And when I say I was ‘sorely disappointed,’ what I really mean is I was partly (only slightly irrationally) heartbroken that he didn’t like a dish that I unequivocally LOVED, and partly (quite rationally) royally peeved off that he said, and I quote, “Lasagna just isn’t lasagna without beef.”

So again, I’ll just take my toys…

Really, this lasagna is spectacular. I could eat it every day, and mom and Lily raved about it as well (granted, they don't eat red meat or birds either) when I turned my nose up at my husband and sent the leftovers to people who would better appreciate it. And I will cook it again.

The recipe came from the October issue of Cooking Light magazine, and I made very few changes to it. I did ignore their recipe for basic marinara sauce, instead using the recipe I blogged about recently, and I chopped up some leeks that were languishing forlornly in my crisper so as to save them from a miserable and lonely death in the mulch bed, and I made a couple of other very minor changes, but other than that, I can take almost no credit for this recipe, which is why I have no compunction about bragging about how dadgum GOOD it is.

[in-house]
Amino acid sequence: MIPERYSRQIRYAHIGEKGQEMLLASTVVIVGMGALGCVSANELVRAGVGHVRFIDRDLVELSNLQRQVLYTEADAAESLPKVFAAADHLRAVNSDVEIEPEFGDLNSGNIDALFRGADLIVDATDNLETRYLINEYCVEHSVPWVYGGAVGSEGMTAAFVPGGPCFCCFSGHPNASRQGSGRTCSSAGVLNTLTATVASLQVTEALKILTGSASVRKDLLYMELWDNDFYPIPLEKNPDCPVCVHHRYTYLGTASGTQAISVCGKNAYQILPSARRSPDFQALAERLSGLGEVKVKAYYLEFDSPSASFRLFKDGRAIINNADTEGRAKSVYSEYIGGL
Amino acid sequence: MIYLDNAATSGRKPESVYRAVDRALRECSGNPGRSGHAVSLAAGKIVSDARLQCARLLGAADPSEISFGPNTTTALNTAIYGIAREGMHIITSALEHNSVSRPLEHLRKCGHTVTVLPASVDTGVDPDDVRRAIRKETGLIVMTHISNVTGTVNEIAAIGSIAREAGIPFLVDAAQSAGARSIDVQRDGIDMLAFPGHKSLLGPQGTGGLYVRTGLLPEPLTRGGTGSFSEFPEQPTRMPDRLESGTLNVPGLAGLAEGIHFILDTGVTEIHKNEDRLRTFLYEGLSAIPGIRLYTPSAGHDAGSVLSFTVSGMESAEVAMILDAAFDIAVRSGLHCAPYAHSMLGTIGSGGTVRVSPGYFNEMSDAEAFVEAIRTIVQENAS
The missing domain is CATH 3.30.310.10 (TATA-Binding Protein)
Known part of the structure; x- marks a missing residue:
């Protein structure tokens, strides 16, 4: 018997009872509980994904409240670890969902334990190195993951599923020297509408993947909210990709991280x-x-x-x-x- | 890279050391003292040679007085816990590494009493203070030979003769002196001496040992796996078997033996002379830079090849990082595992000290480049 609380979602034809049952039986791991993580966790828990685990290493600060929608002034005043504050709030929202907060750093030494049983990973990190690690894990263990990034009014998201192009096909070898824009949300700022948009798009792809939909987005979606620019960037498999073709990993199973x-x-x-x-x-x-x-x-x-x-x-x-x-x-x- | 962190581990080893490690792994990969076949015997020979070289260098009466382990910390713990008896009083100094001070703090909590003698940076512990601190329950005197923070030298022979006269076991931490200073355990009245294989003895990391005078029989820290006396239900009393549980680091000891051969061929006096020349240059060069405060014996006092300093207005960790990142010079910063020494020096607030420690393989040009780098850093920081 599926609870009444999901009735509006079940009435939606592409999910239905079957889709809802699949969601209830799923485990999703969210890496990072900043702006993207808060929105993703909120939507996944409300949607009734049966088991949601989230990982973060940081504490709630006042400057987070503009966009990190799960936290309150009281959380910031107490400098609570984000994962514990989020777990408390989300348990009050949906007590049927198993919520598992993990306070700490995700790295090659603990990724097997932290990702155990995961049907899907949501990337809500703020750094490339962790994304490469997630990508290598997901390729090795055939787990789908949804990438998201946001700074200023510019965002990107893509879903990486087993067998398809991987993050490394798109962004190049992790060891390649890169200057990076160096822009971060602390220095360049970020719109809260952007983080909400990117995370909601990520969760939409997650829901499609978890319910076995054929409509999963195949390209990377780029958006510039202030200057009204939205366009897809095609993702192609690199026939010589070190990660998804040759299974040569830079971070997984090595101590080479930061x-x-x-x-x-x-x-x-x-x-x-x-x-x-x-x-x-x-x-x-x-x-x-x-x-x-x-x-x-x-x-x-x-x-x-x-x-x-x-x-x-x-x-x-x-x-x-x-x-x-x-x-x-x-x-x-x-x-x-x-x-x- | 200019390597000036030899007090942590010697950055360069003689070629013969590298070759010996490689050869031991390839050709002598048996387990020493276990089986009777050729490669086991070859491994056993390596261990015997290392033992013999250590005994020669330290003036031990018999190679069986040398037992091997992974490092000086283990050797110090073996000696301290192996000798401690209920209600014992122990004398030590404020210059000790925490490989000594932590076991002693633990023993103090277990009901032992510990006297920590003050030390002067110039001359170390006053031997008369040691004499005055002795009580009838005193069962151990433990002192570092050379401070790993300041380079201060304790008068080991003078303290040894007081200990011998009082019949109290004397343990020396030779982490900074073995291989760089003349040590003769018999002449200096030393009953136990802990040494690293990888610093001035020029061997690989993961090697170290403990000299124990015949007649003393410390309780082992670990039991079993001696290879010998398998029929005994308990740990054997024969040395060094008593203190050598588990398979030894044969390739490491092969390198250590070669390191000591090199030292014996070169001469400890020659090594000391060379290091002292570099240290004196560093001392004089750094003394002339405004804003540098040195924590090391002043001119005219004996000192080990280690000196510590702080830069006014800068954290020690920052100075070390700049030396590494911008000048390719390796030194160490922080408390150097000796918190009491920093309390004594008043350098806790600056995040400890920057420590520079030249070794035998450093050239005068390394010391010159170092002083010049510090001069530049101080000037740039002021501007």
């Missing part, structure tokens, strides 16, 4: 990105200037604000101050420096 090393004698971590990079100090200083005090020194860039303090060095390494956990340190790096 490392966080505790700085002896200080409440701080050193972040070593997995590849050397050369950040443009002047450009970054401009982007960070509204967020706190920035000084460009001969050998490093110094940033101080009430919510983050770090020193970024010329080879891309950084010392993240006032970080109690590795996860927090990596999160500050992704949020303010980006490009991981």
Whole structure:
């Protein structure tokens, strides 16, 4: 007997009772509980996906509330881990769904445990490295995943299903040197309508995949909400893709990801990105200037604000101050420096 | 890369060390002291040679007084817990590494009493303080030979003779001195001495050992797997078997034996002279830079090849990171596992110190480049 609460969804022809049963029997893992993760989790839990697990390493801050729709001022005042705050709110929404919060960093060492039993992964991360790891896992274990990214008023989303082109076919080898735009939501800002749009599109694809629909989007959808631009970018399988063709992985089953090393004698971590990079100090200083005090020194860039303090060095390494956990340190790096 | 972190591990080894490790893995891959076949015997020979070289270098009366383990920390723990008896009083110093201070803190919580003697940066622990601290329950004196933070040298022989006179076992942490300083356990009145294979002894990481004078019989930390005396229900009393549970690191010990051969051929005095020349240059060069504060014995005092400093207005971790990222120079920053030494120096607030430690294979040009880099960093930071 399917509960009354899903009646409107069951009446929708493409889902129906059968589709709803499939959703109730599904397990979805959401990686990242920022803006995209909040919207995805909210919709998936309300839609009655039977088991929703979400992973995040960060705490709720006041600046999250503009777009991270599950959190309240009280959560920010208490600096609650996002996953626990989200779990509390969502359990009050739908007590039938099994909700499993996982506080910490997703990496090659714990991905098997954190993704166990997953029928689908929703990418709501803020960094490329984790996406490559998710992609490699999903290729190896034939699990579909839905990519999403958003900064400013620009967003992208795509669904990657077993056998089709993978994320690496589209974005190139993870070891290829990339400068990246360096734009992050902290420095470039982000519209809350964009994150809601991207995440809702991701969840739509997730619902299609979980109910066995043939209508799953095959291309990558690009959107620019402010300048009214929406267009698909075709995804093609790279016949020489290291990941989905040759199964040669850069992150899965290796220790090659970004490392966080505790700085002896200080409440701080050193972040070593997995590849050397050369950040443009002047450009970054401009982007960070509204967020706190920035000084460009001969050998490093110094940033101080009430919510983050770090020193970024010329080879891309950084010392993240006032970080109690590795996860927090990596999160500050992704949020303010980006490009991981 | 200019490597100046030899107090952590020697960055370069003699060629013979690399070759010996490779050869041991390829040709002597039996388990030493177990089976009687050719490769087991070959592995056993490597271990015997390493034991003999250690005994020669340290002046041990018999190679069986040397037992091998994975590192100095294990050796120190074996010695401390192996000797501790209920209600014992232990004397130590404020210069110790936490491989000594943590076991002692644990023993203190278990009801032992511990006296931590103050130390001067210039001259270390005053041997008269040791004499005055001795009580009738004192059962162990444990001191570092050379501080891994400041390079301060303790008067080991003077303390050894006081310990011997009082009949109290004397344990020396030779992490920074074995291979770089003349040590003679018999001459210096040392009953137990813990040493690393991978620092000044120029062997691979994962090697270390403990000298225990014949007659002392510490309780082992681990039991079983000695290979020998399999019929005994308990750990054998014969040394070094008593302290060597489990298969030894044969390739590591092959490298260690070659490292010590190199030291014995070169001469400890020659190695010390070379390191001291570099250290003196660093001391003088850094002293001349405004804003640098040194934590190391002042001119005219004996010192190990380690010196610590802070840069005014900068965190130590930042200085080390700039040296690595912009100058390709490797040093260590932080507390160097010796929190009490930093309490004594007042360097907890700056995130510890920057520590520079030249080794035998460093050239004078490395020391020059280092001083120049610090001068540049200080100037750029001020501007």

And, even though usually I preach and bluster on about whole-wheat noodles, when it comes to lasagna, I don’t want the noodles to take up too much space. Instead, I think they need to back up and accept that their job is to be the supporting role to the filling, and to that effect, I use the Barilla no-boil, rolled flat, lasagna “sheets.” They are much thinner and more delicate than the usual burly curled-on-the-edges slabs of doughiness that are so often used in lasagna.

So here it is, free to a good home, to be shared by those will appreciate it: a great recipe for vegetarian lasagna (and please, feel free to mix-and-match vegetables to your liking - just make sure you end up with approximately 9 to 12 cups of chopped veggies before beginning the saute step):

  • 1-2 Tbs olive oil
  • 1 chopped red bell pepper
  • 1 chopped yellow bell pepper
  • 1 cup chopped onion
  • 4 medium zucchini, halved lengthwise and thinly sliced
  • 16-oz sliced cremini mushrooms (also called Baby Bellas)
  • 1 leek, halved lenthwise and thinly sliced
  • 3 garlic cloves, minced
  • 8 oz part-skim mozzarella cheese, shredded, divided
  • 1 1/2 cups part-skim ricotta cheese